Egyptian Women Online: A Significant Imprint

Last modified
Fri, 07/28/2023 - 14:20
Egyptian Women Online 2011 - 2022 - English

Analysis of the Evolution of Women’s Online Discourse 2011 – 2020

Monitoring and Analysis: Sara Alsherif

Review and Editing: Manal Hassan

Translation: Dr. Amal Abd Al-Hadi



In Egypt, some might think that debates on sex, female circumcision, women’s economic and social freedoms, abortion, sexual freedom, and violence against women only appeared after the Internet. It is a misconception, of course, but that is what the Internet has done in a nutshell. It gave people a voice and a shared space. It acted as a magnifying glass reflecting all opinions, at least the majority of opinions, until algorithms stepped in to control how much space each voice occupies online.

But the internet did not only empower women and raise minorities’ issues in the public domain; it also facilitated hate speech, incitement, misogyny, blackmail and cyber-bullying against women, especially with the existence of mechanisms for concealment, disguise and the use of pseudonyms.

The Internet didn’t turn out to be the utopia or the perfect world where an ideal virtual reality could be created making the world a small village as some people imagined. What the internet did was reflect our real life on virtual reality. We had not become a small village, on the contrary, we became conflicting islands sheltering from each other and trying to form alliances and partnerships to enable their voices to dominate cyberspace! It gave each user the freedom to be and say whatever s/he wanted. Yet, matters have evolved in recent years after attempts to restrict the Internet and impose certain policies on social media platforms and the World Wide Web in every geographical area! the possibility of challenging these obstacles is still available, likewise all the tools of inflicting damage are still available. In 2017, on the celebration of the 31st anniversary of the emergence of the Internet, Tim Burns, one of the pioneers of the creation of the Internet, said, “The Web is not working for women and girls”1, due to the increasing waves of hate speech and incitement to violence against women on the Internet.

In Egypt, as elsewhere in the world, the Internet was a gateway to a potentially different reality with unlimited opportunities and development. Yet, like anywhere else, women had to make a double effort to be able to access it, use it, benefit from it, and create mechanisms that enable them to deal with cyber violence against women. Furthermore, women had to deal with many hindrances including the cost of the Internet, the lack of social acceptance of young women using the Internet. This is particularly true the farther away you move from the capital, where some young women are deprived from accessing it under the pretext of protecting them. Such hindrances significantly impacted the representation of women on the Internet. Statistics indicate that women’s representation does not exceed 32% of the population, which is the highest percentage in the Middle East2. In early 2022, the number of women, or those who identify themselves as women, using Facebook in Egypt, did not exceed 36.4% of the population, 34.7% for YouTube, 38.2% for Instagram, 28.3% for LinkedIn, and 12.8% for website Twitter, while their percentage exceeds males in a single application, which is Snapchat, to reach 67.1%3.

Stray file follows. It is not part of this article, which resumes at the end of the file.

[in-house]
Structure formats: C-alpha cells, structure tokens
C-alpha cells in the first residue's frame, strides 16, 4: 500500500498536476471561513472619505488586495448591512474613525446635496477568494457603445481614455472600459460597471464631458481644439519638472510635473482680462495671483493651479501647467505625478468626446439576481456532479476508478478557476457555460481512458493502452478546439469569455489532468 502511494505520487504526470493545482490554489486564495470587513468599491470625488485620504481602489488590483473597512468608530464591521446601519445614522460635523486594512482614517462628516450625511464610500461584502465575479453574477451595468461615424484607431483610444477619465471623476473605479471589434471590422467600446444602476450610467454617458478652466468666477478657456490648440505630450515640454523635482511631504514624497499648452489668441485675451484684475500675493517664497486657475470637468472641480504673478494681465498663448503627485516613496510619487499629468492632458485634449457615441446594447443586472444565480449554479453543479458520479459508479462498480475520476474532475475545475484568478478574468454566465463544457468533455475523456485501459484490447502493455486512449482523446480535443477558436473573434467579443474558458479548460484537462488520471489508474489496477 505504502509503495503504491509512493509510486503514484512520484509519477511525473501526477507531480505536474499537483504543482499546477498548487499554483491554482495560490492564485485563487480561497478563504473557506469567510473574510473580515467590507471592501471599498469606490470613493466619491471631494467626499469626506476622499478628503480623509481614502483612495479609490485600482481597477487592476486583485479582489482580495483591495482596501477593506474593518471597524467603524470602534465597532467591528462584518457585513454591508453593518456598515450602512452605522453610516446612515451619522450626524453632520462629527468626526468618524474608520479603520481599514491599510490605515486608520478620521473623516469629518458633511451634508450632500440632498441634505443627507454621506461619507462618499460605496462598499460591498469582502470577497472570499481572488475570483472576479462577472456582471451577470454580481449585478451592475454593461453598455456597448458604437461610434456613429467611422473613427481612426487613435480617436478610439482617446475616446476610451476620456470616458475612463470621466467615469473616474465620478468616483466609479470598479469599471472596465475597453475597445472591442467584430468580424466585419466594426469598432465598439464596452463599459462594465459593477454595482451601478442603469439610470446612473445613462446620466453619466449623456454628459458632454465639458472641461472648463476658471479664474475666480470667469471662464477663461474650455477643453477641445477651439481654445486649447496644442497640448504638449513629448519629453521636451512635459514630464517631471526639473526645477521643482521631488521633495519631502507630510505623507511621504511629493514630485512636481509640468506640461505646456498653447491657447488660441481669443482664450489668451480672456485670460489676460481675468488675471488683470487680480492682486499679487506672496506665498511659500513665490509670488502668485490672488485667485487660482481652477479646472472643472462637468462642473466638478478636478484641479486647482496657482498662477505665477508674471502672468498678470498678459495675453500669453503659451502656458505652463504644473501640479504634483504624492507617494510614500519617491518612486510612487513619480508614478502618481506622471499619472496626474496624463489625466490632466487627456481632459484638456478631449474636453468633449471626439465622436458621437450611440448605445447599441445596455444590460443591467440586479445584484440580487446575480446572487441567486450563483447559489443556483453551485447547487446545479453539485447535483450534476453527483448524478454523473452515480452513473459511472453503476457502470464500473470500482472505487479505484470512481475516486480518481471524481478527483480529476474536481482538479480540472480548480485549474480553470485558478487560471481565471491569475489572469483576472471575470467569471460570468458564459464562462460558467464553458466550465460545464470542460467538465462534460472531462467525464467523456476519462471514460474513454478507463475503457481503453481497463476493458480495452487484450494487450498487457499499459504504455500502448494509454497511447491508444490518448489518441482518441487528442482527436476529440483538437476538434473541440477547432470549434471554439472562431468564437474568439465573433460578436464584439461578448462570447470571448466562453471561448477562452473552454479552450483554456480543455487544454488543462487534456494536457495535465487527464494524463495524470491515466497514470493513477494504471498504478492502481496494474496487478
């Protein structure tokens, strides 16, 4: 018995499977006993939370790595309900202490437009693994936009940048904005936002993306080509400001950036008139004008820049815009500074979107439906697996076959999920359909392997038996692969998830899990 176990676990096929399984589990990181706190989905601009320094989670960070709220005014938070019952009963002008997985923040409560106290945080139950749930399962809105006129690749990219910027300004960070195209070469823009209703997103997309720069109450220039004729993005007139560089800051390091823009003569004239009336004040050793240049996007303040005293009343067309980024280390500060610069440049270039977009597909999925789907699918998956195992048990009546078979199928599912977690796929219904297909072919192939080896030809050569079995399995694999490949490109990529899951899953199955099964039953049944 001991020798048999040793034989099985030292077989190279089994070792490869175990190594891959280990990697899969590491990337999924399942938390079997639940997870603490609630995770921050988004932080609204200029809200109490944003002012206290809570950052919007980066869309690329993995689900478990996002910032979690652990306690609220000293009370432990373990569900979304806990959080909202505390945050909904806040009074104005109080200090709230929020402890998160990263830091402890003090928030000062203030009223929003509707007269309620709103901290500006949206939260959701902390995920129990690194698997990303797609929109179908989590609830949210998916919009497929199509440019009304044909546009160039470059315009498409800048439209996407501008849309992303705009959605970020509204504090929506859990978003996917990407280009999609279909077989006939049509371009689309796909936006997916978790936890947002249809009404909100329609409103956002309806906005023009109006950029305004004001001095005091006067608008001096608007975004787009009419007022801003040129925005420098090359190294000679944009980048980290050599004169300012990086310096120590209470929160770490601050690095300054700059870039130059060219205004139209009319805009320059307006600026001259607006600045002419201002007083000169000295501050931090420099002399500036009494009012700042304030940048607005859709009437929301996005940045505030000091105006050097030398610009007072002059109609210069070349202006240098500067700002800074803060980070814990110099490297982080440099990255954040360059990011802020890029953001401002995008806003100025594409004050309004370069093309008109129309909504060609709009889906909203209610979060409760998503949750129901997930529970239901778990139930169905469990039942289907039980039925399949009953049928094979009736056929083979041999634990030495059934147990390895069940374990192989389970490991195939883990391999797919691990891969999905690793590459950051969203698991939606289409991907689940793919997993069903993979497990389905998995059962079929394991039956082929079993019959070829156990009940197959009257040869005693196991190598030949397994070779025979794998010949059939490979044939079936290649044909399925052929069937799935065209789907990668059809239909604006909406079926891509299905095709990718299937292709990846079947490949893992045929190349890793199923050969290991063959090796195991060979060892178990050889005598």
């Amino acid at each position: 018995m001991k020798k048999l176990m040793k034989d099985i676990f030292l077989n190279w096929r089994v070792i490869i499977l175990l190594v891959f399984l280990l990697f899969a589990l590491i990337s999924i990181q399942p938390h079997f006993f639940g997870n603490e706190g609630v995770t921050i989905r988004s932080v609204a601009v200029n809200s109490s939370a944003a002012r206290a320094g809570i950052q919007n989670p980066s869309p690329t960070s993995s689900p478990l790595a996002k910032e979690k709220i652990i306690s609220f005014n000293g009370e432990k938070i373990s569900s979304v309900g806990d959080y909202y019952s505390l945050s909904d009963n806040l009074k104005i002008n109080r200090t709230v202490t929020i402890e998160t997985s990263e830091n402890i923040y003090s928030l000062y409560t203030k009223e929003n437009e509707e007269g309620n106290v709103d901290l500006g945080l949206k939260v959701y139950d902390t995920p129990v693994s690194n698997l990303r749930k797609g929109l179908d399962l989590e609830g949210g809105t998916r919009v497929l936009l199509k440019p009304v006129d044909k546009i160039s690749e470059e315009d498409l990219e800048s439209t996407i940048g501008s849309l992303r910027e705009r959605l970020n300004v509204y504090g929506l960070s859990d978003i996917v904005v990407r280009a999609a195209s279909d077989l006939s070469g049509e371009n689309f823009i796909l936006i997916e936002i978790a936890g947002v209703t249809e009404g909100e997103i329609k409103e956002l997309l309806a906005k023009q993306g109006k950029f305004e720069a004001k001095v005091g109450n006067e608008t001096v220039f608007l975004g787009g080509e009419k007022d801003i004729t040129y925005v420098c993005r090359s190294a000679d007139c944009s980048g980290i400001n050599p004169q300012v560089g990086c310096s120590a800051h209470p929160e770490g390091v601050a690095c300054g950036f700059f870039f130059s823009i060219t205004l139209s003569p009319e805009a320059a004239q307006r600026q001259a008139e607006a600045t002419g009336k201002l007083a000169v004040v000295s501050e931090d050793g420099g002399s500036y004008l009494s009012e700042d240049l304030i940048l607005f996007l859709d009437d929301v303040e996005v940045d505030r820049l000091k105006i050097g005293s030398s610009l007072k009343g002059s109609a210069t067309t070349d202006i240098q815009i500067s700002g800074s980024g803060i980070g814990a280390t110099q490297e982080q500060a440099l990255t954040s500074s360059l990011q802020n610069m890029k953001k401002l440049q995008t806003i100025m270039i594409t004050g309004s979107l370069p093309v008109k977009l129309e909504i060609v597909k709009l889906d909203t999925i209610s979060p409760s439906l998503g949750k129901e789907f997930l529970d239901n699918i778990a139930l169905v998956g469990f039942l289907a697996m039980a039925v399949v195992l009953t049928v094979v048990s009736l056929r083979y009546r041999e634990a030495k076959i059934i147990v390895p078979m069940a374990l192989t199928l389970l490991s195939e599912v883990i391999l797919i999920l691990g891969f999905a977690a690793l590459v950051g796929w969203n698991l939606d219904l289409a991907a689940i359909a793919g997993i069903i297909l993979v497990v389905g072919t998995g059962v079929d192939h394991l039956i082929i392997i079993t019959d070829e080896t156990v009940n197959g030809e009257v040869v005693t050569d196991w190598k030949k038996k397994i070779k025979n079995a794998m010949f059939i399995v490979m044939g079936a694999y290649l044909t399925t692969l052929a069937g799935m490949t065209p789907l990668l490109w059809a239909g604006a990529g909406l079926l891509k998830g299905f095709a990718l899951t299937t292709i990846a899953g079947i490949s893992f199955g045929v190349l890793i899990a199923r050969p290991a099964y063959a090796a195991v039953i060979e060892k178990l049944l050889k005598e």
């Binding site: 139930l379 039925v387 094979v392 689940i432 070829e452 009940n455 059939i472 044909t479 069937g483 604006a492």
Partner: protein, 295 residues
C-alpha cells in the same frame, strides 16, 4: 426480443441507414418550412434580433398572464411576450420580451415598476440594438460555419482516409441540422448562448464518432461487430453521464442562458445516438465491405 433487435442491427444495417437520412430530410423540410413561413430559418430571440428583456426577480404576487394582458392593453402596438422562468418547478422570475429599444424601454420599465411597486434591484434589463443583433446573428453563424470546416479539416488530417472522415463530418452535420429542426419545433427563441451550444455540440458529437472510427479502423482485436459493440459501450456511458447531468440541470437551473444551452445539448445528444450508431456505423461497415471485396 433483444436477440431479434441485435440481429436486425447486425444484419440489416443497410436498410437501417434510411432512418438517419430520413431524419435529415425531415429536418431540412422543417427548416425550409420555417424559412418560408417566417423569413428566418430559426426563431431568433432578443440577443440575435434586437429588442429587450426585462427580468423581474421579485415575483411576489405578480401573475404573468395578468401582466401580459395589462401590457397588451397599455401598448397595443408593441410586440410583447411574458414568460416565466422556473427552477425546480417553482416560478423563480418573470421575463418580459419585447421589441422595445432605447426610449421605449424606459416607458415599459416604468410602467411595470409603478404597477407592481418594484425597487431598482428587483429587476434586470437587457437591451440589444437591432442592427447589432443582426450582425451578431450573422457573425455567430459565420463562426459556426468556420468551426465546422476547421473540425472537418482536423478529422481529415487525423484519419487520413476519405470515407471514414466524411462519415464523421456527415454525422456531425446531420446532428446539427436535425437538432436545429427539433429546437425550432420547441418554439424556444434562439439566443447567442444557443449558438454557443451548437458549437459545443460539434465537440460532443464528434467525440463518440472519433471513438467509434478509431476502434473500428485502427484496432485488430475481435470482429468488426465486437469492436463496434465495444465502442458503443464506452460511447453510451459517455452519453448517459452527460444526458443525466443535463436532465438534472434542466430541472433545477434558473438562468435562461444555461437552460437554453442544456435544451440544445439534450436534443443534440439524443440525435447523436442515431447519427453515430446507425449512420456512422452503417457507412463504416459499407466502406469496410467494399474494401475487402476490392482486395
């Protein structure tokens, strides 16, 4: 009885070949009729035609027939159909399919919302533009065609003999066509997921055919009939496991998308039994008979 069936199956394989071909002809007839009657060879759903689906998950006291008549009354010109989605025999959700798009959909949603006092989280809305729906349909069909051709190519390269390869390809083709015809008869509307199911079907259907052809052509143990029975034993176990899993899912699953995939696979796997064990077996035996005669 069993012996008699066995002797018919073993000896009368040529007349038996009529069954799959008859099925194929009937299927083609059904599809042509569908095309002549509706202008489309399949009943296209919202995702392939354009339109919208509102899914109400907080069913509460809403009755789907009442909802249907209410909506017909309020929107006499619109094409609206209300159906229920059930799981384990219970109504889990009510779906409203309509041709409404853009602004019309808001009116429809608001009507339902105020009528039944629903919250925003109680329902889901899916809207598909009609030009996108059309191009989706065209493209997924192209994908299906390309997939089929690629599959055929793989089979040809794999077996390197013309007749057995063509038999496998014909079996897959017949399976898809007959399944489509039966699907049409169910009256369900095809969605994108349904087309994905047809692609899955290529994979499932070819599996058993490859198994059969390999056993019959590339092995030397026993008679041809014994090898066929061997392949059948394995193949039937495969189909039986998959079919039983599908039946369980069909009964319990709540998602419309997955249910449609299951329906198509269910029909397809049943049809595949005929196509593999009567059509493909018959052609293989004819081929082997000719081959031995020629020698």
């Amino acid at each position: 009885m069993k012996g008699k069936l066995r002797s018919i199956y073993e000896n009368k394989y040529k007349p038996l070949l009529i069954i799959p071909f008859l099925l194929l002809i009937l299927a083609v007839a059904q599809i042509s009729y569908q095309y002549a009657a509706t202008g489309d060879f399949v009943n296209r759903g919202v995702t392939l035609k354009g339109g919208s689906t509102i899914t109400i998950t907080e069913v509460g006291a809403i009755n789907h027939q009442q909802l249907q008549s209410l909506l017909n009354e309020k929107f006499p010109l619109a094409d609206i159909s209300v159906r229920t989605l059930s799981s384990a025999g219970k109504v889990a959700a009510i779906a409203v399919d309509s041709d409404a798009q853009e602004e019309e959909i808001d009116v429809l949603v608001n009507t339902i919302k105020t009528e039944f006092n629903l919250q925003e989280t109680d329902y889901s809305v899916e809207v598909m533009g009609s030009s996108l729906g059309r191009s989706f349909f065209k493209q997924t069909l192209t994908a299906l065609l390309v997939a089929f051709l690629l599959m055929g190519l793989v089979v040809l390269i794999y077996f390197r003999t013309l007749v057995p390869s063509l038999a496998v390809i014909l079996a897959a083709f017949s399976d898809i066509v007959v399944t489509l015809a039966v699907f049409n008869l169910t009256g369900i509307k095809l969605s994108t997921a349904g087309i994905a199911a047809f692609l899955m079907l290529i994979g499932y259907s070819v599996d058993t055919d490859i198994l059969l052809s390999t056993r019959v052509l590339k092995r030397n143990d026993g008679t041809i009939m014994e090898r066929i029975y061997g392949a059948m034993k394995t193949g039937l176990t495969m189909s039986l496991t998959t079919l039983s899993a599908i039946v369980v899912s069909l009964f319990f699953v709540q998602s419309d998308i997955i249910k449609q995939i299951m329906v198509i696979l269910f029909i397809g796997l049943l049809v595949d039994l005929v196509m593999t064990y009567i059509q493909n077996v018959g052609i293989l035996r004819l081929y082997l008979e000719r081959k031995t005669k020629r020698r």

One in five women in Egypt believes that the Internet is not suitable for her, even if it seems useful and beneficial for, it might not be acceptable or approved by the family4. A study conducted by the Intel Corporation on a number of Internet female users in Egypt, shows that women’s chances of benefiting from the Internet double if they were using the internet for more than five years. However, the number of female Internet users for more than five years did not exceed 6% of the sample5. Social barriers in Egypt play a major role in how women access and use the Internet to serve their interests. However, not all women face the same obstacles in using the Internet, some might suffer from difficulty in accessing the Internet in their place of residence, or the financial inability to afford the cost of Internet subscription, or from technical illiteracy, and the lack of social acceptance. In addition to technical illiteracy, there is the language barrier hindering the interaction of users with the Internet, especially since the Arabic content on the Internet does not exceed 1% of the Internet content6!

This Study

This study highlights the changes of feminist discourses on the Internet and tracks the differences of these discourses, and to what extent did the internet based initiatives change in their content and scope. The study also seeks to answer several questions; the impact of the Internet on empowering women economically, socially and politically; how did the society in general, and men in particular, reacted virtually and reality, to women’s use of the internet; and the role played by authorities in such empowerment /disempowerment of women and its impact on their social and economic freedoms.

Why ten years?

The timeline for this study starts from 2011 to the end of 2020, reviewing briefly how women have used the Internet during these years, starting from the early victorious moments of the January 25th revolution and transcending the imposed limits, up to 2020 and the endorsement of multiple laws restricting freedom of expression on the Internet, and the Public Prosecution’s supervision on social media and its female users “ to preserve values ​​of the Egyptian family”.